Skip to comments.9th Circuit Court of Appeals to have final say on disposition of Kennewick Man.
Posted on 01/11/2003 2:18:04 PM PST by vannrox
Tribes fail to halt study of ancient skeleton
01/09/03RICHARD L. HILL
Four Northwest tribes lost another round in federal court Wednesday in their effort to halt a scientific study of the ancient skeleton called Kennewick Man.
U.S. Magistrate John Jelderks in Portland rejected the tribes' request to delay the study until the 9th U.S. Circuit Court of Appeals can hear the legal dispute.
In August, Jelderks ruled that eight anthropologists who sued the federal government could proceed to study the 9,300-year-old remains. The Nez Perce, Umatilla, Colville and Yakama tribes appealed his decision and later asked Jelderks to delay the study until the higher court could hear the case.
In a four-page ruling rejecting their request, Jelderks said he recognized that the study would "constitute some injury" to the tribes, "who oppose any further study on religious and spiritual grounds." But because the scientists "do not intend to carry out extensive invasive studies that will substantially alter the physical condition of the remains, the remains would be available for burial without substantial change from their current condition" if the tribes prevail in their appeal, he said.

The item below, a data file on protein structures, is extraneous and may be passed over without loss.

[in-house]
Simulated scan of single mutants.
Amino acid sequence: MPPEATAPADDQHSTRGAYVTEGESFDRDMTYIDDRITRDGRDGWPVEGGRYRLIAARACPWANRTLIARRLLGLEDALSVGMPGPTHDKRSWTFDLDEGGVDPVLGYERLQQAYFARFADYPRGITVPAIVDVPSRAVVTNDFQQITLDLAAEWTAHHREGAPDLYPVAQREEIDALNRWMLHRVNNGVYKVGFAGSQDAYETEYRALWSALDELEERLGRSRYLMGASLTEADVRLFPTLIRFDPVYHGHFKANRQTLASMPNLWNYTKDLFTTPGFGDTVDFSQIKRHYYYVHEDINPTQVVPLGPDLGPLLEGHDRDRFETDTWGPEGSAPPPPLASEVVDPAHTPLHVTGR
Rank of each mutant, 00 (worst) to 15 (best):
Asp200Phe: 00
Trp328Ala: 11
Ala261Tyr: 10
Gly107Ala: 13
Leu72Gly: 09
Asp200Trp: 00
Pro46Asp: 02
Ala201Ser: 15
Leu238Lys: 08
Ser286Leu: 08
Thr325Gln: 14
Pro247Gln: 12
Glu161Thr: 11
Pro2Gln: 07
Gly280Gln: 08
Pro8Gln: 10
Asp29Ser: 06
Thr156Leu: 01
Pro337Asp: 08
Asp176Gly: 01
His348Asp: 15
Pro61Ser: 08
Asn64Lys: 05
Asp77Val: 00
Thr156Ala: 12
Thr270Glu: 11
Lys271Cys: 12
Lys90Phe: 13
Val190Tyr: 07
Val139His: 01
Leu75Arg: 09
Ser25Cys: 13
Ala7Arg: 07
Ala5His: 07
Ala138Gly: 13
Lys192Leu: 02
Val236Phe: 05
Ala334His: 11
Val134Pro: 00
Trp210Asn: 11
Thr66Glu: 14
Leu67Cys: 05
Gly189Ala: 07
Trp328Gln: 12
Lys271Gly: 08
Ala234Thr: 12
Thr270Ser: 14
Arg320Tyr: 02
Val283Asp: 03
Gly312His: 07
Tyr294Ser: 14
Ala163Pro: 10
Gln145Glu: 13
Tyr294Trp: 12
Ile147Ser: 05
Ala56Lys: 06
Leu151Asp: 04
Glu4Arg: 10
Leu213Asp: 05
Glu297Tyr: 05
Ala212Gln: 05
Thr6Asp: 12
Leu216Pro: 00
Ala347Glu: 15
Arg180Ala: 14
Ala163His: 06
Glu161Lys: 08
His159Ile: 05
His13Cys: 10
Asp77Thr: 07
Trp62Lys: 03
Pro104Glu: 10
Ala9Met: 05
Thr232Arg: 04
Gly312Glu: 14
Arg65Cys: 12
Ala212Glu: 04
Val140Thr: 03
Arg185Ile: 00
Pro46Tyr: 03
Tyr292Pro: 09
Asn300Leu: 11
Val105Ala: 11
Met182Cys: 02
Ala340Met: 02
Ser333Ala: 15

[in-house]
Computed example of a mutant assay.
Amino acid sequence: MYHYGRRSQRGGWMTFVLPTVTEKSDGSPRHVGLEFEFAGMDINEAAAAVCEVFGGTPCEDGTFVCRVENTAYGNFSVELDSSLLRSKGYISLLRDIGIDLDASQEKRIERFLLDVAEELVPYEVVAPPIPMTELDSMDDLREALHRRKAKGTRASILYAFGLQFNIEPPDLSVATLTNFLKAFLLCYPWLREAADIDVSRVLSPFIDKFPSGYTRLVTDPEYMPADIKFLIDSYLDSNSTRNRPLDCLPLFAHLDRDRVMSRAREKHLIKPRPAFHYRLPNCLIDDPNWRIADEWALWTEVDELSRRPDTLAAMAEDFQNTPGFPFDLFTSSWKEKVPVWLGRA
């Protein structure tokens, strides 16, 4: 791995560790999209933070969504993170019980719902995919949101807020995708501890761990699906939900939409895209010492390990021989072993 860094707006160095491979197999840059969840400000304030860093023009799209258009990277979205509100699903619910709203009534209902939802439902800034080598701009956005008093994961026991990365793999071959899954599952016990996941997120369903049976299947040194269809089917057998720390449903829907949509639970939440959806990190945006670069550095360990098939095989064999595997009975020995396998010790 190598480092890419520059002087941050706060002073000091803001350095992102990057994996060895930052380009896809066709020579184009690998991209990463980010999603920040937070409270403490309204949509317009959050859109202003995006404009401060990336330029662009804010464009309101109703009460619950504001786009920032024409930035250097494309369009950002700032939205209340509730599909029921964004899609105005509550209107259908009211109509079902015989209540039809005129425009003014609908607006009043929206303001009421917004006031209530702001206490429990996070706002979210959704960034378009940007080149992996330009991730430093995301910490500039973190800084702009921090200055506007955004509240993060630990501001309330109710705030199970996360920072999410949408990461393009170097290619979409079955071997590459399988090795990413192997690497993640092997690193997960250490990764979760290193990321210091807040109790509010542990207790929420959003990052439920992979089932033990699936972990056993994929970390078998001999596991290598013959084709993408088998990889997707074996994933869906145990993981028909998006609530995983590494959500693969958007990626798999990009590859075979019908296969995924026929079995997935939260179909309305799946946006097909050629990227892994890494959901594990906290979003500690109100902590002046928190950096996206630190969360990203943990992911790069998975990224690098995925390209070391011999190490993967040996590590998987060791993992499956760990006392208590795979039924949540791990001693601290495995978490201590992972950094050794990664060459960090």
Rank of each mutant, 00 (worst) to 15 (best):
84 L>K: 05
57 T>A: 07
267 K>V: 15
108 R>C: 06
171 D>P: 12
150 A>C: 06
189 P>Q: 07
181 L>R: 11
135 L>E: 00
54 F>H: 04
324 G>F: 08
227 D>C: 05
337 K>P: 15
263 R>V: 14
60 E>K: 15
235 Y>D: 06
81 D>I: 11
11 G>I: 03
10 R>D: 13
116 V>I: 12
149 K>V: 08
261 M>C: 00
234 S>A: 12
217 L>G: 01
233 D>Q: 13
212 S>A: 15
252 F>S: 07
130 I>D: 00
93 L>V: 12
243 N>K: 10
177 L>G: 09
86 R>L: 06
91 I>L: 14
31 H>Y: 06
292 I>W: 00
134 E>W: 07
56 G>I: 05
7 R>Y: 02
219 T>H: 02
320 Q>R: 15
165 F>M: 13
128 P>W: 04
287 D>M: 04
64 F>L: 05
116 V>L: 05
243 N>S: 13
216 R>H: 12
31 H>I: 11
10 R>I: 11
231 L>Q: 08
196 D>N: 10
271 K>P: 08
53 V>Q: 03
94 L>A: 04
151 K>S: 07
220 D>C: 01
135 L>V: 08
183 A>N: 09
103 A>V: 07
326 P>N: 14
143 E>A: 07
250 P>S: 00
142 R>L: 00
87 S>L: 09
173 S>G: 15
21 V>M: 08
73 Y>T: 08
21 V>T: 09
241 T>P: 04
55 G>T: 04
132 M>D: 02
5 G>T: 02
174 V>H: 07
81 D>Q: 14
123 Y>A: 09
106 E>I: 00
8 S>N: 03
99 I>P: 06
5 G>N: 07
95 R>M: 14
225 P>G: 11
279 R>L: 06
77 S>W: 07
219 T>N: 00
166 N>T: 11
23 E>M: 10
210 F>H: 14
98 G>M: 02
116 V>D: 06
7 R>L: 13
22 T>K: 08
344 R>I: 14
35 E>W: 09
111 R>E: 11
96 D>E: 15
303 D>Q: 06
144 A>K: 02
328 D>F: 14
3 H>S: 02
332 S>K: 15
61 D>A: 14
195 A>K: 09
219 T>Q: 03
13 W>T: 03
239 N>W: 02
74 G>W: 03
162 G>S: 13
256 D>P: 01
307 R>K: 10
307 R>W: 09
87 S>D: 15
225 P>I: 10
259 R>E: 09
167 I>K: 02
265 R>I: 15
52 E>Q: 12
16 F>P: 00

"The public has an interest in the studies proceeding without further delay," Jelderks said.
Paula A. Barran, a Portland attorney who represents the eight scientists, said her clients are working out details of the study with the U.S. Interior Department and the Army Corps of Engineers. No study date has been scheduled.
The tribes are reviewing their legal options, said Rick Eichstaedt, an attorney with the Nez Perce Tribe. "The judge recognizes that allowing a study threatens injury to the tribe, so we're disappointed that he would allow a study before the 9th Circuit has an opportunity to hear our appeal."
The bones, discovered in 1996 on the Columbia River shoreline in Kennewick, Wash., are being stored at the Burke Museum in Seattle. Richard L. Hill: 503-221-8238; email@example.com
I know this is a concern of a lot of the tribes,but I will never understand why. It has been a well-known fact since the beginning that the various "Indian" tribes weren't all from the same genetic stock. Some Indians WERE white,some were actually black without African features,and some were the traditional "red man". Even proving that Kennewick man WAS white AND the earliest remains found only proves he is the earliest remains found. It doesn't mean others with other genetic backgrounds weren't here earlier than him. Or even at the same time.
Just across the river from where I live.
Check out my profile page. Scroll down and there is some information there.
Tom McClelland of Richland shows the skull casting of Kennewick Man. He and anthropologist Jim Chatters used to re-create the facial features of the 9,200-year-old discovery.
In fact, so attractive were the Indians of the Massachusetts Bay Colony, that the young fellows among the colonists were actually (according to one theory) the cause of thr first Indian troubles. Seems they were a little too interested in the attractive maidens among their aboriginal neighbors
I wonder what Kennewick man would say about all the nonsense.
I hope they can get some good DNA data out of him before some other idiot closes the door on research.
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